tPB Adam: The Senators win this series by keeping the puck out of their own net. Their defense and goaltending largely is what got them here, and if that goes away, they are in trouble. They couldn’t do it against the Pens in the regular season, but the playoffs are a different monster.

Ferrante: They can give the Penguins a run for their money, without a doubt. Primarily, Craig Anderson will need to continue to be solid between the pipes. If he stumbles, or simply has a mediocre series, that would be trouble for the Sens. They also need scoring from their blueline by Karlsson and Gonchar. And probably the other thing I’d mention is they’ve got to stop the stupid penalties vs. the Penguins, especially Chris Neil.

4. Puck management issues aside, what as to happen for the Penguins to win this series?

Majeski: Puck management is the main thing. Staying healthy is another. If this team is 100% and they play simple, mistake-free hockey, they’ll get their chances. They have more than enough talent to finish enough of them off to win. The only team that can stop them from making the Finals is themselves.

Colligan: The Penguins need to wear the Sens defensemen down. Four lines of hard forechecking. Make Erik Karlsson go back to retrieve dumps 30 times a game. It might play into Ottawa’s hands in the early games, but it’ll give the Penguins a big advantage as the series rolls along.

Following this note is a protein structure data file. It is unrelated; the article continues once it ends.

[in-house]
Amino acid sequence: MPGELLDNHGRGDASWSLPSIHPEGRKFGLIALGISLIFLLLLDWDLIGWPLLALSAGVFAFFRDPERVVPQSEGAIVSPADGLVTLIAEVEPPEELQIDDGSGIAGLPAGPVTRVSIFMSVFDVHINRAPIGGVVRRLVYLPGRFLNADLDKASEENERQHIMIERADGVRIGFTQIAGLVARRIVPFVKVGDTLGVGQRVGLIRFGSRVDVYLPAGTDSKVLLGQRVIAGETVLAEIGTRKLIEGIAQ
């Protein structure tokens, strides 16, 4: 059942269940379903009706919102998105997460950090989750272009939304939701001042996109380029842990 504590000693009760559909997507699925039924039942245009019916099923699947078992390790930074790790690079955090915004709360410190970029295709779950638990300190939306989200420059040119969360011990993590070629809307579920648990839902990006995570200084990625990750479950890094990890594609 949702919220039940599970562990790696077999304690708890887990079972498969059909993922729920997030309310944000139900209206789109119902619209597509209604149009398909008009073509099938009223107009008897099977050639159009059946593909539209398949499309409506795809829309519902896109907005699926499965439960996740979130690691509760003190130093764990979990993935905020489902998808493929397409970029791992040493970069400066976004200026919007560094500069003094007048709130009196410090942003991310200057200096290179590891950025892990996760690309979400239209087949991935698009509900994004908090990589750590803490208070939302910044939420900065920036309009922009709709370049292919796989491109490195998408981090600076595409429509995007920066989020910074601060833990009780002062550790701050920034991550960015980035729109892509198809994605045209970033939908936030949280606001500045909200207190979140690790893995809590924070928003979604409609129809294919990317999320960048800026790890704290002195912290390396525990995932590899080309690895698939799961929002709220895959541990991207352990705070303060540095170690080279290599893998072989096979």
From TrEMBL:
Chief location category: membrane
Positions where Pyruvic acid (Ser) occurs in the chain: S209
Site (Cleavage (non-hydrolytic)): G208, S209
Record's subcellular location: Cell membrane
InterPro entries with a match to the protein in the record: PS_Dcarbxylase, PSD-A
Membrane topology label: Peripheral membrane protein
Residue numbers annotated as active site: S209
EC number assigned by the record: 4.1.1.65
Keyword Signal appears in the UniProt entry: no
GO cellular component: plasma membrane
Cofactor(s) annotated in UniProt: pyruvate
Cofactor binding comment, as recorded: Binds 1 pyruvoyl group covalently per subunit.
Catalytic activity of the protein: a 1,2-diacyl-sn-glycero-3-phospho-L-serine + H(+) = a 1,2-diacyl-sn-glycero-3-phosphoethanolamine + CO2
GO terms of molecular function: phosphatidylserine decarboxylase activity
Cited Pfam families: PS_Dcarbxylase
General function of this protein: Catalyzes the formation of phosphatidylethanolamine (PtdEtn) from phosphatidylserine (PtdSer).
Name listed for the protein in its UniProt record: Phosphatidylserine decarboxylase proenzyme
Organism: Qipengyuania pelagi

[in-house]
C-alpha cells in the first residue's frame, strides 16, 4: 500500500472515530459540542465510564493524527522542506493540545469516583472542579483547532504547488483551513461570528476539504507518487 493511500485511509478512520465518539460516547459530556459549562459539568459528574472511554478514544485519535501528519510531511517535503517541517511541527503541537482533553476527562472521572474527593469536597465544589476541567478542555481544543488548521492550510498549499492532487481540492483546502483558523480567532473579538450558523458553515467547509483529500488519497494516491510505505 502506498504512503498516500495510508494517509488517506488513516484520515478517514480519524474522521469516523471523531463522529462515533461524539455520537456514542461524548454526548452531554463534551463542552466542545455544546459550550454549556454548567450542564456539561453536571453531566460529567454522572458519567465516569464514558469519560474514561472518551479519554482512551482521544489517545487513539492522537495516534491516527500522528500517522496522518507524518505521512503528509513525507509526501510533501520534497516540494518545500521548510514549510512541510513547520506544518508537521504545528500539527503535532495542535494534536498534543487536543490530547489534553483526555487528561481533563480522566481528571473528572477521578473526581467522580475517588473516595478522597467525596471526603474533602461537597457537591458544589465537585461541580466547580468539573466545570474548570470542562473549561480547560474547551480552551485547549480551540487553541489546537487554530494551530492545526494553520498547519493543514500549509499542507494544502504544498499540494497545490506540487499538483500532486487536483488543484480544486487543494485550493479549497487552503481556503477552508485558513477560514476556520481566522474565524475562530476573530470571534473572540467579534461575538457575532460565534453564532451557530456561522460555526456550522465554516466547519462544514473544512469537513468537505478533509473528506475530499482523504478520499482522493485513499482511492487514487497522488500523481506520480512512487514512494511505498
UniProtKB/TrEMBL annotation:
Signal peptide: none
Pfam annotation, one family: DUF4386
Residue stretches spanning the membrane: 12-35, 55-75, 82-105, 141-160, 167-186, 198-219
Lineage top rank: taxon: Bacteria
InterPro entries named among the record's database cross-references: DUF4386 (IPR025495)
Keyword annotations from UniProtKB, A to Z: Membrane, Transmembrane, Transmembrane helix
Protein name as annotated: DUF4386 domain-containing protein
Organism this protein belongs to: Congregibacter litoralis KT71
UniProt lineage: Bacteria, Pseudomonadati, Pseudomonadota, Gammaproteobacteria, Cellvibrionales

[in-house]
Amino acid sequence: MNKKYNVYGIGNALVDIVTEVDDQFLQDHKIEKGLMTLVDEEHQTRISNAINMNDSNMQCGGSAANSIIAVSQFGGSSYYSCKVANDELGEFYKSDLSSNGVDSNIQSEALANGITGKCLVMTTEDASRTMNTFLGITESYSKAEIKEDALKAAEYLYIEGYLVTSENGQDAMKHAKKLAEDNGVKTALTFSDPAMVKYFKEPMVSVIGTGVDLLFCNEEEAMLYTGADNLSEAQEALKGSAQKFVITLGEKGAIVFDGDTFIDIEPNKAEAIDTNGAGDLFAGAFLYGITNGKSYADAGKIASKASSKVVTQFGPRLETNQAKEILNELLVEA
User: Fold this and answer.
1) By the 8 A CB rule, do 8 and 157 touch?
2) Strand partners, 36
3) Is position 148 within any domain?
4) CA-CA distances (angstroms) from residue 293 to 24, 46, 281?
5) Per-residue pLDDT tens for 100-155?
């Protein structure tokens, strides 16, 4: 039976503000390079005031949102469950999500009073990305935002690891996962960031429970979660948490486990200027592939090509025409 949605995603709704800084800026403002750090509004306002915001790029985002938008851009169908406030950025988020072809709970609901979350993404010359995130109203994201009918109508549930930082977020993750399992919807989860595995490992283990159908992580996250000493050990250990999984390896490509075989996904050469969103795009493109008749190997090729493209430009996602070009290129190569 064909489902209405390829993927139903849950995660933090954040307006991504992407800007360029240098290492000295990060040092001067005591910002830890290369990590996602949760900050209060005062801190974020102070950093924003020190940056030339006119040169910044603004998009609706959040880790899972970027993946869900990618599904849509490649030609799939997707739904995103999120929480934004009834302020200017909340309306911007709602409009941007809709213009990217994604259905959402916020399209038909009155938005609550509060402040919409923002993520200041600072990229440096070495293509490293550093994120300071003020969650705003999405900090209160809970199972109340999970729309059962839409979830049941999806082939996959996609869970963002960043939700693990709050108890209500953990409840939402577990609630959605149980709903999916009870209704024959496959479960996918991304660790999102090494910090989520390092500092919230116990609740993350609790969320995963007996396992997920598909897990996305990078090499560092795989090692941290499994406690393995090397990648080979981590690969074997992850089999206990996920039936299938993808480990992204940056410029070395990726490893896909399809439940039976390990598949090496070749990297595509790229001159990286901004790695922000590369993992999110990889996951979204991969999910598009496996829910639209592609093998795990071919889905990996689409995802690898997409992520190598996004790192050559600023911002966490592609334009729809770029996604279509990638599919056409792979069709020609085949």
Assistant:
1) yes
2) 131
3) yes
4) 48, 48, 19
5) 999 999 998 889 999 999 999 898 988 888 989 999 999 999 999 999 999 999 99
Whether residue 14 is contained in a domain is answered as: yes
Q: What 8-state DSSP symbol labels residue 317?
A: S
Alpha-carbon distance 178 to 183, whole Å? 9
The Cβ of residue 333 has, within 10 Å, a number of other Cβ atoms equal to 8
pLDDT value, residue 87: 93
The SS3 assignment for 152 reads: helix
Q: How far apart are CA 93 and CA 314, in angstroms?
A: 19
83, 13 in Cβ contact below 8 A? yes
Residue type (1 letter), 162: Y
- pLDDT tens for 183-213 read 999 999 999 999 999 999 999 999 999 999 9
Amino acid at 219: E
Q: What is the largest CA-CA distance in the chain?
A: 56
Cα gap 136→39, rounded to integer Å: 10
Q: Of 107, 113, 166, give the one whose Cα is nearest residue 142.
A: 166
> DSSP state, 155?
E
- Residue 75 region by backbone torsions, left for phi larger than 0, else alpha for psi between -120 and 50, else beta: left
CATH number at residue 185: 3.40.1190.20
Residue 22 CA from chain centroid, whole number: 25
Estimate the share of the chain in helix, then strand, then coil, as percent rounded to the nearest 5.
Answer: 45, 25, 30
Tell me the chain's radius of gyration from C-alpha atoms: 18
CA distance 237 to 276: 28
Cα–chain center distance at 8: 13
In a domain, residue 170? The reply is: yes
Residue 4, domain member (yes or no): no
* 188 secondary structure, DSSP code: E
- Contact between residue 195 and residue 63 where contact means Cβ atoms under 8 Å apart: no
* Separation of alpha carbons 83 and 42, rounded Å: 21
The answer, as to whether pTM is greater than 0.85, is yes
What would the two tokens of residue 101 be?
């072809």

Tecmo: Team composure. At moments, Travis Hamonic and the Isles made Geno and the Pens think they were playing Sean Courturier and the Flyers. The Pens are fine “getting to their game” as evidenced by that regular season. But as soon as someone throws a cheap hit or Geno gets shadowed and bottled up for a game, the team starts taking bad penalties as emotions run high. And Hamonic has nothing on the stylings of Chris Neil and the Senators crowd. Ottawa can’t match up with the Pens on paper, they will do so in other facets.

Leahy: Pittsburgh and Ottawa are the top two scoring teams in the playoffs, so the goals will come. Anderson and Vokoun will have their shares of bad nights in this series. The Penguins must stay disciplined and not allow the Senators’ power play (24 percent success rate) to capitalize. Too many times versus the Islanders did we see dumb penalties: hooking on a backcheck; retaliation; unnecessary roughing, etc. They have to be smart and not rely on their strong penalty kill to bail them out.

Rixner: Top skill continuing to shine – even if Ottawa can get Jason Spezza back from injury, their top forwards can’t hold a candle to the fire-power that Crosby, Malkin, Iginla, Neal, Kunitz and Dupuis are bringing to the table. The name of the game is scoring more than the other guy, and even though the Senators will surely be tight defensively and have a top goalie, how long can they hold out? The Pens big boys, especially on the power play, have to keep the pressure up by scoring. A team can’t really trap if they’re behind a goal or two early, as we saw how games in the Islanders series played out. If the Pens can use their skill to get early leads and play out in front, games ought to come a lot easier than if Ottawa can sit back and trap and frustrate the Pens with a systematic, neutral-zone clogging, defensive mindset.